Wednesday, February 9, 2011

Literature Circles Round 2: Acclaimed Modern & Contemporary Writers

To start blogging, click on the image of your book to the right!

Overview & Goals

In our second round of Literature Circles, we have the pleasure of reading some of the most loved and admired writers of modern times. Our goals are to expand our familiarity with writers who are recognized in the modern Canon, to develop our own tastes in recent fiction, and to further our understanding of the text by engaging in dialogue with other readers. Some readers will be using their Literature Circle Round 2 novel as their Senior Thesis novel. More on that project will be posted on this blog in coming weeks and months.


Literature Circle Round 2 will run from Monday, January 31-March 9, 2011. We want to have these books completed in time to make good progress on our Senior Thesis research and writing.

Members & Materials

Obviously it is ideal to have a collection of minds weighing in for a Literature Circle conversation, but for Round 2 we will take a more flexible view of the "Circle" in order to accommodate some students who would like to work independently on a Senior Thesis novel of their choice. While most groups will engage in dialog with their peers, some independent readers will use this blog as a personal log of the evolution of their thought while reading.

Books may be obtained from local libraries (holds and reserves can be placed online through the Minuteman or BPL networks), used or new bookstores, family, friends, etc.


Reading happens independently outside of class, according to the pacing guide established by each group on Tuesday, February 8, 2011. Literature Circle reading and blogging happens simultaneously with other regular work in English class; please manage your times wisely.


Blogging is the primary way we will communicate with Literature Circle group members about the text. Post to the blog once a week with a thoughtful entry of no more than 250 words! One of the challenges of this project is to be specific and concrete while also succinct. Please ground your responses to the text in the text itself, using quoted textual evidence whenever possible to support your analysis. Textual quotes should be in the service of deeper analysis of the themes and crafting of the text; the goal is to bring the author's voice into the discussion and analyze particular instances of his/her genius. Do not take up blog space with plot summary -- we will assume that all bloggers on the site are up to date with their reading and understand the plot line. Focus on analysis of message, style, and ideally the nexus of the two. Work to develop a community with your fellow bloggers by responding to specifics of their posts by building on or respectfully questioning their ideas. Please show the same respect for your peers online as you do so well in class on a daily basis.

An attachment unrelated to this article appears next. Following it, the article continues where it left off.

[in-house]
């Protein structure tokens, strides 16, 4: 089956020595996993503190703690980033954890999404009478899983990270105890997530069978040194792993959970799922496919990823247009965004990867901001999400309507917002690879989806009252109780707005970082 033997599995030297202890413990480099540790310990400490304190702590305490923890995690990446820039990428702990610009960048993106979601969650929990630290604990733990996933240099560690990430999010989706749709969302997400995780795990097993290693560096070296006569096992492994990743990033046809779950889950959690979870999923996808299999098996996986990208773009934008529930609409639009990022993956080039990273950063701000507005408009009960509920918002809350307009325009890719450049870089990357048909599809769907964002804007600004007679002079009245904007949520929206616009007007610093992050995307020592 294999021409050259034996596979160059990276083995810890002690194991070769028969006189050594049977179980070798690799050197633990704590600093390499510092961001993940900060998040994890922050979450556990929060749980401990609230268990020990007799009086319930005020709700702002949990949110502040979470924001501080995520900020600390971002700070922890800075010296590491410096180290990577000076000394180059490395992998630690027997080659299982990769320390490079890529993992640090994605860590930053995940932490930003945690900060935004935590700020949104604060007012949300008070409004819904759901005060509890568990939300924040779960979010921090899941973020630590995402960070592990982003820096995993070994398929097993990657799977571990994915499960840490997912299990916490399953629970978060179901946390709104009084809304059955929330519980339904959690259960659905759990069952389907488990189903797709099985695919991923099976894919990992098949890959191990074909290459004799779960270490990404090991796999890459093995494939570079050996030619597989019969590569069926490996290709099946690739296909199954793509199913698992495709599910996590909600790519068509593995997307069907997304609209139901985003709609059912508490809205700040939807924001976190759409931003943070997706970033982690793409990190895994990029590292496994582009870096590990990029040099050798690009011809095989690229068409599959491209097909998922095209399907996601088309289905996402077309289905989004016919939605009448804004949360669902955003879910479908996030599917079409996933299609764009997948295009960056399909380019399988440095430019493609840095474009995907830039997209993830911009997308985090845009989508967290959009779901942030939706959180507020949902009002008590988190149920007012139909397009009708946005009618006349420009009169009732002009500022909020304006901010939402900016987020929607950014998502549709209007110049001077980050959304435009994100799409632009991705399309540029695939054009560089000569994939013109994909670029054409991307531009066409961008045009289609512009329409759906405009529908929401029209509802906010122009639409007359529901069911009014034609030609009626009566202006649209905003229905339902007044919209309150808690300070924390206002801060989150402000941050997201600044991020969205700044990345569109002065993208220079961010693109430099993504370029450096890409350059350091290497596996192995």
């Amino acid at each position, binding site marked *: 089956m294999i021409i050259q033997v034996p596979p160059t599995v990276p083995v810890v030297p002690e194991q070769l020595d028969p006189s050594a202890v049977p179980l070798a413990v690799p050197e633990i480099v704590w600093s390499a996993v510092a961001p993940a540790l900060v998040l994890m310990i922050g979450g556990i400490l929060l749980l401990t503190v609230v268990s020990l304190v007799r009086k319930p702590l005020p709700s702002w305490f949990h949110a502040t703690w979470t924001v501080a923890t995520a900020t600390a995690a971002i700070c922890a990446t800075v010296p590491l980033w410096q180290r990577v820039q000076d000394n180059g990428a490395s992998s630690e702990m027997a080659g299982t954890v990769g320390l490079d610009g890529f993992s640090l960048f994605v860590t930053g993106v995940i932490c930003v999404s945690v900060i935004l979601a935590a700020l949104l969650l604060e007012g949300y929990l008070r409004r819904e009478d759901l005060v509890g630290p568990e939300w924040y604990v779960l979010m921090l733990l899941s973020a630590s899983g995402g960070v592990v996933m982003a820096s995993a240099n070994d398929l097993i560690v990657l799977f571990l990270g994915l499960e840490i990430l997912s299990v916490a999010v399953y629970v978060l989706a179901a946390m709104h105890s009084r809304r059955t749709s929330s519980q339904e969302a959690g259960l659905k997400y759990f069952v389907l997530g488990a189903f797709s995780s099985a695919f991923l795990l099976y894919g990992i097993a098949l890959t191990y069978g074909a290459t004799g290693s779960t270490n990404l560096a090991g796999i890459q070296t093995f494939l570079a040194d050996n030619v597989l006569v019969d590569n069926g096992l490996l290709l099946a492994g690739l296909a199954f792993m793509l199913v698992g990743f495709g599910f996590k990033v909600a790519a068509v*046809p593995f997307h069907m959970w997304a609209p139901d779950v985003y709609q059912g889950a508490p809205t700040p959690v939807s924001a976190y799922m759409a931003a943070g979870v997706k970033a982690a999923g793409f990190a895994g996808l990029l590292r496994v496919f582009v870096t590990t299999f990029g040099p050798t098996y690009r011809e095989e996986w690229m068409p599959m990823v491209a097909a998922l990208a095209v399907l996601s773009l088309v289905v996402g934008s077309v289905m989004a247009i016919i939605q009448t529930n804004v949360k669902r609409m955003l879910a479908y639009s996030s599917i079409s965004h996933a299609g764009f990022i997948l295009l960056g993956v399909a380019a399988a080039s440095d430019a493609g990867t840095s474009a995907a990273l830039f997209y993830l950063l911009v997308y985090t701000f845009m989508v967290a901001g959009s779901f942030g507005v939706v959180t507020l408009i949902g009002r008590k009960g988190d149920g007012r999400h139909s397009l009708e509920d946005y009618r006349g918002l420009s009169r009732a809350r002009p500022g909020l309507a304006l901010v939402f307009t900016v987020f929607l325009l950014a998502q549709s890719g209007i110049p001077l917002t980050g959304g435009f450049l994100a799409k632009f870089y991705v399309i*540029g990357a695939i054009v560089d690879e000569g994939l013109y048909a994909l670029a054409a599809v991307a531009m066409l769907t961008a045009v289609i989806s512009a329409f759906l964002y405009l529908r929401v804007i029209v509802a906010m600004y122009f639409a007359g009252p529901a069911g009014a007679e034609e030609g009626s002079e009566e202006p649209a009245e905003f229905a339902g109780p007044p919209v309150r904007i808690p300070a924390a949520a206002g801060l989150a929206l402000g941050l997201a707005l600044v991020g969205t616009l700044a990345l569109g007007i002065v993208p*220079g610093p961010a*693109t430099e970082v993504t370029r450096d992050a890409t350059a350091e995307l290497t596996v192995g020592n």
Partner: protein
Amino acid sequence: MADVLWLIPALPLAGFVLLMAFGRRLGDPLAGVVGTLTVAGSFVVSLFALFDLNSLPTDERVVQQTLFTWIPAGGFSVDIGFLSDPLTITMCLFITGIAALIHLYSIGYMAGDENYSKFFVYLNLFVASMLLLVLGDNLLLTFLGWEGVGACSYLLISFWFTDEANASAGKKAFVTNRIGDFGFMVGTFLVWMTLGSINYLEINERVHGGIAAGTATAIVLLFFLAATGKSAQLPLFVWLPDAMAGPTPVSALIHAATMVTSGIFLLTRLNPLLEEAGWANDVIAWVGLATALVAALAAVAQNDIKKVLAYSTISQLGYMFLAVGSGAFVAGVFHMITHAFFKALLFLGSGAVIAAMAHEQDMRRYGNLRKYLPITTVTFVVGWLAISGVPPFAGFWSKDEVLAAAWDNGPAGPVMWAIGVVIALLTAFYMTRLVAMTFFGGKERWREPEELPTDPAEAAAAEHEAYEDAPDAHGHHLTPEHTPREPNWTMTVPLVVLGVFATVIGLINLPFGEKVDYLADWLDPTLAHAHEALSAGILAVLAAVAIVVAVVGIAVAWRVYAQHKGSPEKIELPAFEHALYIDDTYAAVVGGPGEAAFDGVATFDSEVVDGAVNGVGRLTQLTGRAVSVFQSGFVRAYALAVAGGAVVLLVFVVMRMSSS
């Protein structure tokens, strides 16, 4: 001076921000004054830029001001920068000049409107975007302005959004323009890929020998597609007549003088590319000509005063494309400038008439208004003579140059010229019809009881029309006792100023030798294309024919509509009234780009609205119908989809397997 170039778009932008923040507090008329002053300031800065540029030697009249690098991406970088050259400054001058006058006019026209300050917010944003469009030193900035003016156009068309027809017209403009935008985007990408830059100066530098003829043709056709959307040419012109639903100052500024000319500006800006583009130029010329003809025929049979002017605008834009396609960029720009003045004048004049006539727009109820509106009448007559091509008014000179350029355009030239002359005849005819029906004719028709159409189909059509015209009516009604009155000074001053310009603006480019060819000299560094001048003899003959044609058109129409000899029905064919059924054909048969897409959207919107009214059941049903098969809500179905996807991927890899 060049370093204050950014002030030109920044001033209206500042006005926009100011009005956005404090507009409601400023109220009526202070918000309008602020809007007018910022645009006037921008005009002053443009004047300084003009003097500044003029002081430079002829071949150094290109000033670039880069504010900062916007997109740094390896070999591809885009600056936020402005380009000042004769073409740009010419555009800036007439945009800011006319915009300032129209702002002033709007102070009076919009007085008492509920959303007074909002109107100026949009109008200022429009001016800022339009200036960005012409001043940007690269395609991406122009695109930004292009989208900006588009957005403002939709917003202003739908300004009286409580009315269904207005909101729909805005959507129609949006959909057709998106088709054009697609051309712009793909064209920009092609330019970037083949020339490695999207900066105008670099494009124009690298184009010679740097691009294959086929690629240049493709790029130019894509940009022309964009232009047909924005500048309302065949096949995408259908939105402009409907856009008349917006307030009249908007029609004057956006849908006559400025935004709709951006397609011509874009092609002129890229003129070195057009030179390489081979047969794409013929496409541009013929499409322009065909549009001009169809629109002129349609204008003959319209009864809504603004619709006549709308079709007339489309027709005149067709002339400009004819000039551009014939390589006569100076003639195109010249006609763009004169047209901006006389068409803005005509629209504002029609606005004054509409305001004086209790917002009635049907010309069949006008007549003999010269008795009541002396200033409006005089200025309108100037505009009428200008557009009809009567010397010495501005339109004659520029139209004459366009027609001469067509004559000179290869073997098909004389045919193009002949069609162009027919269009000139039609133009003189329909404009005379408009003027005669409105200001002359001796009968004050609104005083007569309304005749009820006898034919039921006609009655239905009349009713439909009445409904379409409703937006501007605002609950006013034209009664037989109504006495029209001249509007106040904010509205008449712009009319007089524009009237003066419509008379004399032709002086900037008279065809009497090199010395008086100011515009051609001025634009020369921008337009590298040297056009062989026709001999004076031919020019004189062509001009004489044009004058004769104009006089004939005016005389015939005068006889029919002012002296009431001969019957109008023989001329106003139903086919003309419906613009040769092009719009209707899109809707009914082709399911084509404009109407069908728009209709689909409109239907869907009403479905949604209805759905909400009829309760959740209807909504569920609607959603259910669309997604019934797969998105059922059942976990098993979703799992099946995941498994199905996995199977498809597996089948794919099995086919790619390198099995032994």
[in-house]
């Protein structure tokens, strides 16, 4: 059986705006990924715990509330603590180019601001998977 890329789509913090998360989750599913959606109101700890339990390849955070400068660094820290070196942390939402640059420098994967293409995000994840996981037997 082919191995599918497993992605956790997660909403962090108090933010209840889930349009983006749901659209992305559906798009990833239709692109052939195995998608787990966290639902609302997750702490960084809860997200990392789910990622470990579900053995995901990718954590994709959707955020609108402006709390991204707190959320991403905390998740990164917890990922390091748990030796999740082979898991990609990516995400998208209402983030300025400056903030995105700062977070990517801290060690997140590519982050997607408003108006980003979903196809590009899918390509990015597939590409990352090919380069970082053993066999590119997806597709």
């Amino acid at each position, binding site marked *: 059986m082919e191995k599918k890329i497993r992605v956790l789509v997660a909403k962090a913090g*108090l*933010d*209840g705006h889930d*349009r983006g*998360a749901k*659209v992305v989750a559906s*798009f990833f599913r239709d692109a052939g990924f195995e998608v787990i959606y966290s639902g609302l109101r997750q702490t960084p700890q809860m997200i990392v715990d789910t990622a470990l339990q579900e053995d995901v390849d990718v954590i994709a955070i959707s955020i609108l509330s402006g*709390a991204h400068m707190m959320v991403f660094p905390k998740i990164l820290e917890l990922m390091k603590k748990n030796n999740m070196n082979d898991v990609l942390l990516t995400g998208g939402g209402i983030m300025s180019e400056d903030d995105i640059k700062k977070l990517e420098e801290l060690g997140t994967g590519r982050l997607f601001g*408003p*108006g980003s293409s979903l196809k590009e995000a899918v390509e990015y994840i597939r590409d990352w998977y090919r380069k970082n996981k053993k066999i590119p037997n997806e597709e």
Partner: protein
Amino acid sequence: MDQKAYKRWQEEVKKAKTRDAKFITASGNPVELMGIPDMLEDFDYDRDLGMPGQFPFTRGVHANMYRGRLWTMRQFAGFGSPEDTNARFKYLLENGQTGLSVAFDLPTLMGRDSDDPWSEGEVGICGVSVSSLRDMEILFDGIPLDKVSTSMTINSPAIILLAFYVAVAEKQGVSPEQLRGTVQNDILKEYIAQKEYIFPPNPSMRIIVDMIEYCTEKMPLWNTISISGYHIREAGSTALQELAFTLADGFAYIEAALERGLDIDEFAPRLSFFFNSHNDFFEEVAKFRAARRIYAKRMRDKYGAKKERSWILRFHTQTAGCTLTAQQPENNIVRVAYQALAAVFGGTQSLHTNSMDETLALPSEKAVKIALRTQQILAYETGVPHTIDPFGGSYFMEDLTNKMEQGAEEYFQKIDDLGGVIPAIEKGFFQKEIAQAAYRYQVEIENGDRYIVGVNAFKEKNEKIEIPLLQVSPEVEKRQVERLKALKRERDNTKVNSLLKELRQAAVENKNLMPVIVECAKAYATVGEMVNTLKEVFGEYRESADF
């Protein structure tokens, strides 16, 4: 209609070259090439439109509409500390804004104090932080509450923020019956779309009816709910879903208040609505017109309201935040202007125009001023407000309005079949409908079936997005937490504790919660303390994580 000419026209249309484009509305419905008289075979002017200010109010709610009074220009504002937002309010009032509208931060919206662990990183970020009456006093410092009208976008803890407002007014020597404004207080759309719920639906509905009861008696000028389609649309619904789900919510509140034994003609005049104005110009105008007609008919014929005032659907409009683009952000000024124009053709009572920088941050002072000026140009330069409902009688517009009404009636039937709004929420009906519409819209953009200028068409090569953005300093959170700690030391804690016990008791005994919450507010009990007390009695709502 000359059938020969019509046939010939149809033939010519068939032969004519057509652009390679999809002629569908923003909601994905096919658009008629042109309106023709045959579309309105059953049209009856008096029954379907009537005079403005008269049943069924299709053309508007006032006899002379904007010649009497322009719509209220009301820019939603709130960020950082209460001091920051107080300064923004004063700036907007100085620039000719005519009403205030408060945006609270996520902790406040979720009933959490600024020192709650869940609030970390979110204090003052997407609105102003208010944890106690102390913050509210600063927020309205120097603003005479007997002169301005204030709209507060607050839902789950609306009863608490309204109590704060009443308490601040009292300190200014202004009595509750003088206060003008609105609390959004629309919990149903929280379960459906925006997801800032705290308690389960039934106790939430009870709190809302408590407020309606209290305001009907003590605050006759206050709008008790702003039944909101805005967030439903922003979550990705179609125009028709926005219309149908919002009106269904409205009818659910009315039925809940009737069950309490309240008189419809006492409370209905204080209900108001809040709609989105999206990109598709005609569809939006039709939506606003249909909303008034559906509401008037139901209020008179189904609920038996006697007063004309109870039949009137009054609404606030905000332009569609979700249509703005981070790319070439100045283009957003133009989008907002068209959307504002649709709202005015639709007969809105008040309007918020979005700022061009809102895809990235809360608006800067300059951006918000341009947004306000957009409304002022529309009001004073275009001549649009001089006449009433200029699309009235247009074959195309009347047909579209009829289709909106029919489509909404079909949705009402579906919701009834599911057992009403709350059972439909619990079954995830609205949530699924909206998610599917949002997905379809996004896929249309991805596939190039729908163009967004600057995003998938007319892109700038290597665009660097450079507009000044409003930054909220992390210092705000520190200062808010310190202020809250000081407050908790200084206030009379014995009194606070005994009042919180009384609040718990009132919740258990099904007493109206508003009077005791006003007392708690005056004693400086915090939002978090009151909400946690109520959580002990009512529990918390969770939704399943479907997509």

Rules for the safety of your online identity, expectations and assessment criteria, and ideas for starting discussion are posted to the right under Assignment Guidelines; read and adhere to these. Blogging is a significant project grade. Links to blogs are at the right; just click on the name or picture of your book.

If you have questions or messages for Ms. Jones regarding the blog, it's best to address her in person or via e-mail.


Brief in-class meetings will happen 2-3 times while reading. These will have short reflection/note-taking assignments associated with them that will be graded as classwork. The primary forum for these Literature Circles is online, but you are encouraged to discuss more in person!

Assessments & Expectations

Clik on link to the right for specific expectations and grading rubrics.

For Whom the Bell Tolls

by Ernest Hemingway


by Vladimir Nabokov

The Catcher in the Rye (& other short texts)

by J.D. Salinger

One Hundred Years of Solitude

by Gabriel Garcia Marquez


by George Orwell

Kafka on the Shore

by Haruki Murakami

Stolen Lives

by Malika Oufkir


by Dave Eggers

The Street

by Ann Petry

The Brief Wondrous Life of Oscar Wao

by Junot Diaz

Thursday, January 13, 2011

Critical Theory Children's Book Projects

We have applied Critical Theory from the Postmodern, Marxist, Feminist, Psychoanalytic/Freudian, Archetypal/Jungian, and New Historicist schools to our favorite children's books. These presentations posted below show our strong analysis.

For Students
Instructions to upload your PowerPoint are below and also here, along with the grading rubric for the project.
  • Log into your Google/Gmail account (you will want one now and in the future if you don't already have one!) and go to Google Docs (
  • Upload your PowerPoint into Google Docs by clicking "Upload" -> unclick the boxes that say "Convert document/text..." -> "Select Files to Upload" -> find the document -> "Start Upload". Then go "Back to Google Docs" and click on the new document you just uploaded.
  • Share your document by clicking "Share" in the upper right corner -> "Change" -> "Anyone with the link" -> "Save"
  • Copy the URL from the box in the middle of your screen (NOT from the browser at the top of your screen)
  • Return to this Blogger blog ( and create a Comment on the Critical Theory Children's Book Project post. You will paste the link to your Google Doc PPT into the body of your Comment, but you will disguise the long ugly URL as some nice tidy little text, in this case the title of your children's book. Do it like this: In the body of your comment, type the following:

    Hit 'Post Comment'. Then test it out! Check in with Ms. Jones if you get stuck.